A multi-denominational congregation at Burnt Fort dates to at least 1872, though burials in the cemetery date to the early 19th century. The first church was in use until 1947, when declining membership led to its closure. The structure was abandoned and had collapsed by 1960. Area residents, including descendants of the founding families, came together in 1976 to rebuild the church, which was dedicated on 4 September 1977.

Of special note in the cemetery are are the six crypts of the Hedleston children, dating to the 1850s. Most notable are their winged death head reliefs, such as the one seen below.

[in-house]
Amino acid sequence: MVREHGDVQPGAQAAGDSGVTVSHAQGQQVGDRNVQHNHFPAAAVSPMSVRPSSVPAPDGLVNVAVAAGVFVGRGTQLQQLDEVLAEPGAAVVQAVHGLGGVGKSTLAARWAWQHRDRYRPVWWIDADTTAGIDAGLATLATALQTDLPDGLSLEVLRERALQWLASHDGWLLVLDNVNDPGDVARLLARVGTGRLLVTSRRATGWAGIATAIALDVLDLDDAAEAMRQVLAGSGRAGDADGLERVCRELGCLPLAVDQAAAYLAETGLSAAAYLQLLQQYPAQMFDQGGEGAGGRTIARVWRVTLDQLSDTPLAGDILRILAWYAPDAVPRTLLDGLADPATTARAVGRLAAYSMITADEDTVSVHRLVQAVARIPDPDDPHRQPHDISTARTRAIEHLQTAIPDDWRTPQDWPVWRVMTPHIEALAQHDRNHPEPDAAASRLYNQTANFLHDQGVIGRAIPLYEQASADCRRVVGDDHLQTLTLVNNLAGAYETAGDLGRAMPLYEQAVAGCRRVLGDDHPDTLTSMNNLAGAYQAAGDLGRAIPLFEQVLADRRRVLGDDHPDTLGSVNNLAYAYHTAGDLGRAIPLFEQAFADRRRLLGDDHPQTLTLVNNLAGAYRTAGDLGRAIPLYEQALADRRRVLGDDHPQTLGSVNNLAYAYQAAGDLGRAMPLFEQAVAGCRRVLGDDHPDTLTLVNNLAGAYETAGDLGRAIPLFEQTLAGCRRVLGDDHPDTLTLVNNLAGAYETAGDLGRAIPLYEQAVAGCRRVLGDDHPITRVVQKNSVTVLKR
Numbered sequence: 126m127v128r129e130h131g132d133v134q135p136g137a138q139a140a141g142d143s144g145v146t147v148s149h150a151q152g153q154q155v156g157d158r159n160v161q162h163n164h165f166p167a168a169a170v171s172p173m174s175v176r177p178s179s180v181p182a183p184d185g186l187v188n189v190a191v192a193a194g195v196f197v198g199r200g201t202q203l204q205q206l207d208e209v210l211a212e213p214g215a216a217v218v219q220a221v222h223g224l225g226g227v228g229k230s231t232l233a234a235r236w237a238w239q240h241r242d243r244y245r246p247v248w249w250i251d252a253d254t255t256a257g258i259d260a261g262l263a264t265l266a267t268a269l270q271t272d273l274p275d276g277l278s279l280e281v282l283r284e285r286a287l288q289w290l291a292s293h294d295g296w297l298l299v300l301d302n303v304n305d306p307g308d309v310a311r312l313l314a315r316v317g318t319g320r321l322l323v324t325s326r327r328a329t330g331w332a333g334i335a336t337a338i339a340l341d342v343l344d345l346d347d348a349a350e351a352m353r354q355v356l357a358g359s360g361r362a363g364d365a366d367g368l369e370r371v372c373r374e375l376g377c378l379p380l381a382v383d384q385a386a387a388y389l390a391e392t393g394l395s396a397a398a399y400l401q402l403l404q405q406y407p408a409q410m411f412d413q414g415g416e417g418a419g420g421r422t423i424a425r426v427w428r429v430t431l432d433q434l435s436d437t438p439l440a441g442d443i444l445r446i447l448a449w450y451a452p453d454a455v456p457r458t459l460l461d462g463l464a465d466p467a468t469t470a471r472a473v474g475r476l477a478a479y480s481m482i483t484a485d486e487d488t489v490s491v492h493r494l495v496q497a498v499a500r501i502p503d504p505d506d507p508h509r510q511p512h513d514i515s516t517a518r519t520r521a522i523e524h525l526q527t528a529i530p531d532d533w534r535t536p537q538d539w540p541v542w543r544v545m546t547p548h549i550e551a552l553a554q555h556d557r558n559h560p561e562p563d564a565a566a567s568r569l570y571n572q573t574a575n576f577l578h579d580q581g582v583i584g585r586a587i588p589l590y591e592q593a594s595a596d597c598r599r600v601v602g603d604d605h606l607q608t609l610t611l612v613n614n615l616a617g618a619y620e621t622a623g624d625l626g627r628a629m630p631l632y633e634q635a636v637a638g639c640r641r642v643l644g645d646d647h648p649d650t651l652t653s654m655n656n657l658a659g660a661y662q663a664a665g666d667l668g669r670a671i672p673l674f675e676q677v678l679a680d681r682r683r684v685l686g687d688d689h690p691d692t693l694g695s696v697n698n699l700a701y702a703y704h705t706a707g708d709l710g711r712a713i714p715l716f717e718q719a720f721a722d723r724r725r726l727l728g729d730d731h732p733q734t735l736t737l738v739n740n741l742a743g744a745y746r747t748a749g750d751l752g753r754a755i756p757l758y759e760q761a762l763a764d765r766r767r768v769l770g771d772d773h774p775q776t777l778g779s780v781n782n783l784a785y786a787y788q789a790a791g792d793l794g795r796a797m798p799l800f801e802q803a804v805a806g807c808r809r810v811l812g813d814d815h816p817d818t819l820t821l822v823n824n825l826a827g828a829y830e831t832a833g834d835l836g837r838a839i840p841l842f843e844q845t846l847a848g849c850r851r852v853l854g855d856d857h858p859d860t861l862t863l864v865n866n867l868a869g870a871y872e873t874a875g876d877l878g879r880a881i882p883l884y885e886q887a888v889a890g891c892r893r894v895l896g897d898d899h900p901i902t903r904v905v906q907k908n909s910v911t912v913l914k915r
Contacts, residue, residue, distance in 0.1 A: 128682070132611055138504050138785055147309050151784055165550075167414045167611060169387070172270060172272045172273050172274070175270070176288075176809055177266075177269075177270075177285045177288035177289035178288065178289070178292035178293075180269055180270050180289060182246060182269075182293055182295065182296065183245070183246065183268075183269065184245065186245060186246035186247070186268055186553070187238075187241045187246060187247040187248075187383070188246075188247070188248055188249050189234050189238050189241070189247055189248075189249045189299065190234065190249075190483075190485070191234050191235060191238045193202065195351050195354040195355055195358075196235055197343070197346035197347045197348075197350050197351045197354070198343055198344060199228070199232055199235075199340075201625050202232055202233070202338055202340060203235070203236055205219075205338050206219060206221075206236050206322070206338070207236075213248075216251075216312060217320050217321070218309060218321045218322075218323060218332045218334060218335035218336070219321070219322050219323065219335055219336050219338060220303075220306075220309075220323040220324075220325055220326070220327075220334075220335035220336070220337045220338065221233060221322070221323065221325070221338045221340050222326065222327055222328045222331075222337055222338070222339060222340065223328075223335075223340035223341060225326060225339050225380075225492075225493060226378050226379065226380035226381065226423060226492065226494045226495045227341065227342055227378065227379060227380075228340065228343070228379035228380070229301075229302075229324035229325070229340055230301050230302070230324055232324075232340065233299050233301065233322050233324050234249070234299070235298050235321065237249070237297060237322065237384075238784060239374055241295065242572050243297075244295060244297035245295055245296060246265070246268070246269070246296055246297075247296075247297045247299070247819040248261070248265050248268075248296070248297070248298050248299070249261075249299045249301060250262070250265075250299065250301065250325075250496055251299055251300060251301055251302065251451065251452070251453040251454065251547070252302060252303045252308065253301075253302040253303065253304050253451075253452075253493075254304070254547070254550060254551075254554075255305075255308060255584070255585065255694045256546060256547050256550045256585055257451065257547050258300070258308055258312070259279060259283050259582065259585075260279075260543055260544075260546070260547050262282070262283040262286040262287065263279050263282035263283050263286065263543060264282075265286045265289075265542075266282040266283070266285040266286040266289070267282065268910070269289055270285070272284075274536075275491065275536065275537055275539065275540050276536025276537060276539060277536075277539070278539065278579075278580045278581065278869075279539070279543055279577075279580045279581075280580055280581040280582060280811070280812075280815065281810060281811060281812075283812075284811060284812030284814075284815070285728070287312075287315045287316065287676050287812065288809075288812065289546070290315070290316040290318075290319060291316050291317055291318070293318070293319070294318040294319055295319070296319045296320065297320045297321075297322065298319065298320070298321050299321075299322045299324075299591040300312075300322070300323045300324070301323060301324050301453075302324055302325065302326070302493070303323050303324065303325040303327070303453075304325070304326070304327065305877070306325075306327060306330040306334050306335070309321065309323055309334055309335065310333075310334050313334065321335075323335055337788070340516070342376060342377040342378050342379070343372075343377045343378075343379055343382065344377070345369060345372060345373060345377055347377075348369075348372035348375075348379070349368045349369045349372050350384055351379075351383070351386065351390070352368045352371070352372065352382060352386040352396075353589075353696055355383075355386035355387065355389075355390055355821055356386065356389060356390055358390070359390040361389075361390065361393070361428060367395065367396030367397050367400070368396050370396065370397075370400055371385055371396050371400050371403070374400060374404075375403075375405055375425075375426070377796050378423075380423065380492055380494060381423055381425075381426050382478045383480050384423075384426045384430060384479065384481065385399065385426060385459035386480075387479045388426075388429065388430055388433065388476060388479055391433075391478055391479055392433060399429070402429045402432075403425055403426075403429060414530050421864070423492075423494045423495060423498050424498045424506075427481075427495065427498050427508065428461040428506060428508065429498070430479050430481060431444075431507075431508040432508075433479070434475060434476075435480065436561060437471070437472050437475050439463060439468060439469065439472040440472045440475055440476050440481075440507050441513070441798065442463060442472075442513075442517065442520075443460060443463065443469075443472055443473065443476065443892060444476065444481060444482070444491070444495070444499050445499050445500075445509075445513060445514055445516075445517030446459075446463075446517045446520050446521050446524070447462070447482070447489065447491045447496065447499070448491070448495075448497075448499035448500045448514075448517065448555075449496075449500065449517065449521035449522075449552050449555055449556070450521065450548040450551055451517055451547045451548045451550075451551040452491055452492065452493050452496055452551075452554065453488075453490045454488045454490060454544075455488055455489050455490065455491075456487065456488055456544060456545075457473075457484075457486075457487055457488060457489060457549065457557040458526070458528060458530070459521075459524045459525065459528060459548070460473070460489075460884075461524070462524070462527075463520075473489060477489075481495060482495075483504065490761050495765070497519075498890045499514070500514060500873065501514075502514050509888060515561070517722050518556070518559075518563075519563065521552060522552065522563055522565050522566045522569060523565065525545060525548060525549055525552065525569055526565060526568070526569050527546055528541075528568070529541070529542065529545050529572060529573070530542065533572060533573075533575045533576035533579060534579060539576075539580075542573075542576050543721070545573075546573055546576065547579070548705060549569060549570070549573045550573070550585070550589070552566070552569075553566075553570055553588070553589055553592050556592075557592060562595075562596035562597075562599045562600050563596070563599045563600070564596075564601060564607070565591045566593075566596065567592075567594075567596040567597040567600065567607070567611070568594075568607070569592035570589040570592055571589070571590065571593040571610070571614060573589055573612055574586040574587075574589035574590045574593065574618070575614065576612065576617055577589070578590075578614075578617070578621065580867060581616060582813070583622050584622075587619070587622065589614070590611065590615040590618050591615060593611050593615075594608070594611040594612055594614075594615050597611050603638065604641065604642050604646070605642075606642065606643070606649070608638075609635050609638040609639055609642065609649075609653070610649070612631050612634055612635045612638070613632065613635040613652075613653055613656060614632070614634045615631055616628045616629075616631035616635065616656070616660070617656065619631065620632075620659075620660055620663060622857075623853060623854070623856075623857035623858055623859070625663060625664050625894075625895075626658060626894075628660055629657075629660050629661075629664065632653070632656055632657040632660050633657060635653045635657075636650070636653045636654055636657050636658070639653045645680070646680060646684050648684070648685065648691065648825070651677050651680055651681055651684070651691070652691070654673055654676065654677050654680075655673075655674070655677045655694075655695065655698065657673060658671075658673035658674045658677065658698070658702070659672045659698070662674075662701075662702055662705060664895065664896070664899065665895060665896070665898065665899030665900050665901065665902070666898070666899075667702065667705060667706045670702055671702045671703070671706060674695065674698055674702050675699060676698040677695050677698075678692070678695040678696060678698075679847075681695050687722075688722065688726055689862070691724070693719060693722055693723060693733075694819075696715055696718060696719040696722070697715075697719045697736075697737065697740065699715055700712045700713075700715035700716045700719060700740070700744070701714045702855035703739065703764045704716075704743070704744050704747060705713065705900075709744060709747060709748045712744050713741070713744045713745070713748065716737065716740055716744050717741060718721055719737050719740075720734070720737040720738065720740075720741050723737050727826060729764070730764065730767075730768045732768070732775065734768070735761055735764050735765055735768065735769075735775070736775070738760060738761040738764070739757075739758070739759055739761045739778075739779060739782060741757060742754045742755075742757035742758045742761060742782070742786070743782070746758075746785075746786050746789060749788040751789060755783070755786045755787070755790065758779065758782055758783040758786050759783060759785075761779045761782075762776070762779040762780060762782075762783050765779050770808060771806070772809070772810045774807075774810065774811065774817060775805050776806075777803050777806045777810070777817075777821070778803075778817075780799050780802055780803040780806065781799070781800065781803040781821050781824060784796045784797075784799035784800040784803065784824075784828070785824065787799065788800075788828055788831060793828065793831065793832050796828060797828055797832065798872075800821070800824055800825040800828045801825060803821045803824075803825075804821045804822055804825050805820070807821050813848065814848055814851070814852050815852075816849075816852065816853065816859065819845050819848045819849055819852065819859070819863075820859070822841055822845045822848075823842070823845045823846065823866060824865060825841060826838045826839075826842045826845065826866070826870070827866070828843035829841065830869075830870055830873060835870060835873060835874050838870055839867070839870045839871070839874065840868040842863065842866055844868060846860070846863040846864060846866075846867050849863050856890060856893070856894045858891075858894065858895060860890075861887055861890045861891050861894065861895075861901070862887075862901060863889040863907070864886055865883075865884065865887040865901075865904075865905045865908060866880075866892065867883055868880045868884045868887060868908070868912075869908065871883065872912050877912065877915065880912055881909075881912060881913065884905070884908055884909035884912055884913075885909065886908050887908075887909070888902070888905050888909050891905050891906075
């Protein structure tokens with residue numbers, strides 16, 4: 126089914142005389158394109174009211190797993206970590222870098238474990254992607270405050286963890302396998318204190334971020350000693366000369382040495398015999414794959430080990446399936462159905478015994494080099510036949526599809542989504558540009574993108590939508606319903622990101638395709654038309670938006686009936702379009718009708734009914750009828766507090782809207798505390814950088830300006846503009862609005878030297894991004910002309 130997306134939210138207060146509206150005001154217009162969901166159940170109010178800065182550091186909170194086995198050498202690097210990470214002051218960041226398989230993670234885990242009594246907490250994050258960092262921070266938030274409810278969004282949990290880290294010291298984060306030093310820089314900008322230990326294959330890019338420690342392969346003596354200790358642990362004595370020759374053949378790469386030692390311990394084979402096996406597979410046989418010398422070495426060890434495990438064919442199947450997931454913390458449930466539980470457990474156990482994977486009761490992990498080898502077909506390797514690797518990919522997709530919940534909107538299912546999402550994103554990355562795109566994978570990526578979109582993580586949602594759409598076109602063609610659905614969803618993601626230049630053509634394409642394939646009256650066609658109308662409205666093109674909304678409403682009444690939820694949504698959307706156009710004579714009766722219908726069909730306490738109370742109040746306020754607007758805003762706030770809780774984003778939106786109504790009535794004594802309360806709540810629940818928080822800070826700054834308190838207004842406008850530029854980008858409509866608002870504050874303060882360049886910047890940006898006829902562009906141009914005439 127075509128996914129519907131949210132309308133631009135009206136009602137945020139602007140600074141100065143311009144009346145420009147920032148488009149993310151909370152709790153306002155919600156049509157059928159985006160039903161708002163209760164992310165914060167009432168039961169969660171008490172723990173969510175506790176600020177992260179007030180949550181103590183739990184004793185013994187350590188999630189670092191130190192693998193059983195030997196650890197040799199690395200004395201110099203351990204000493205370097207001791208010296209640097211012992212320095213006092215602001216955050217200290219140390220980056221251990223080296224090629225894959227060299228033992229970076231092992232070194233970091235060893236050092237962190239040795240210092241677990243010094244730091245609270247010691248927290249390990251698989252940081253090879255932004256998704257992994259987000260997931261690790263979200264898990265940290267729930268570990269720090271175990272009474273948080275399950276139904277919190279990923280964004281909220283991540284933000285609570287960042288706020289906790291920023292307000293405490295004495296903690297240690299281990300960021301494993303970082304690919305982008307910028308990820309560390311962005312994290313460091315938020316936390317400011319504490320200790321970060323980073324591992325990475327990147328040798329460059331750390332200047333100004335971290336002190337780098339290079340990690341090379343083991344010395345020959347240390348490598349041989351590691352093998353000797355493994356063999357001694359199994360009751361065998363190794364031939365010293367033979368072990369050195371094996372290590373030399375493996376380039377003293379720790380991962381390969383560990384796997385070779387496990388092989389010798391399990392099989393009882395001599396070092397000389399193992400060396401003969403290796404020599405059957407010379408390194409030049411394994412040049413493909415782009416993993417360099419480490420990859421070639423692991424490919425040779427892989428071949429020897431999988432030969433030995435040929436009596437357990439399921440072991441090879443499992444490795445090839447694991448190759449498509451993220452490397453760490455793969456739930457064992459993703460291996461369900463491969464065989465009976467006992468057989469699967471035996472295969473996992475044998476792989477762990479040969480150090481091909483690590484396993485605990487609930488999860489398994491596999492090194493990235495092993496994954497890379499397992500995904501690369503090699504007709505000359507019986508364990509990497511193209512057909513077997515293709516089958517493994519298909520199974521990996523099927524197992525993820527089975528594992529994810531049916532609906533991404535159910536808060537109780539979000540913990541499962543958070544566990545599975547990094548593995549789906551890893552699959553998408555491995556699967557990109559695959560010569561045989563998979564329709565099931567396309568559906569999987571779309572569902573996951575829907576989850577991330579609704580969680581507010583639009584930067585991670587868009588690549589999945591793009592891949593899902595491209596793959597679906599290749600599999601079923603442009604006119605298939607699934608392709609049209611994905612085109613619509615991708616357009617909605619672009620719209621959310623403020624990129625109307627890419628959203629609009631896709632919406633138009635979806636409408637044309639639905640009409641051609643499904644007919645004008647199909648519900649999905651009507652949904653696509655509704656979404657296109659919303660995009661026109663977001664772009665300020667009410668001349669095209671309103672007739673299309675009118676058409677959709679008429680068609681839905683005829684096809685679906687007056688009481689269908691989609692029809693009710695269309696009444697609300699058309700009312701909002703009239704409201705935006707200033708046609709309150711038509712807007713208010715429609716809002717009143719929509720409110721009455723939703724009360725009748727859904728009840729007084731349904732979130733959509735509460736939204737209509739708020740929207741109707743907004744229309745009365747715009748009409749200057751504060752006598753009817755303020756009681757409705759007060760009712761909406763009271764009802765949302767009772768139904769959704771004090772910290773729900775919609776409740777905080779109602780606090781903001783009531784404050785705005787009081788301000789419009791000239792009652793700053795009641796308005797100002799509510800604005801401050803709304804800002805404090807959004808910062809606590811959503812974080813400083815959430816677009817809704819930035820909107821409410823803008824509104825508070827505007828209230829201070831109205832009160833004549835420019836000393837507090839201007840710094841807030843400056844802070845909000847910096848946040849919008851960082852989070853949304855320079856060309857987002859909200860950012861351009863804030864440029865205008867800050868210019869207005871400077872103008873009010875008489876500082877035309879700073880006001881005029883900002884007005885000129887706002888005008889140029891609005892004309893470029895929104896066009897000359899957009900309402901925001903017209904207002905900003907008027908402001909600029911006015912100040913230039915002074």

A good variety of typical funerary iconography can be found here.

Considering there are a number of unmarked but documented burials here, it would be interesting to know if there was indeed a congregation in the early 1800s to serve the thriving community of loggers and timber workers in the community.

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Filed under -CAMDEN COUNTY, Burnt Fort GA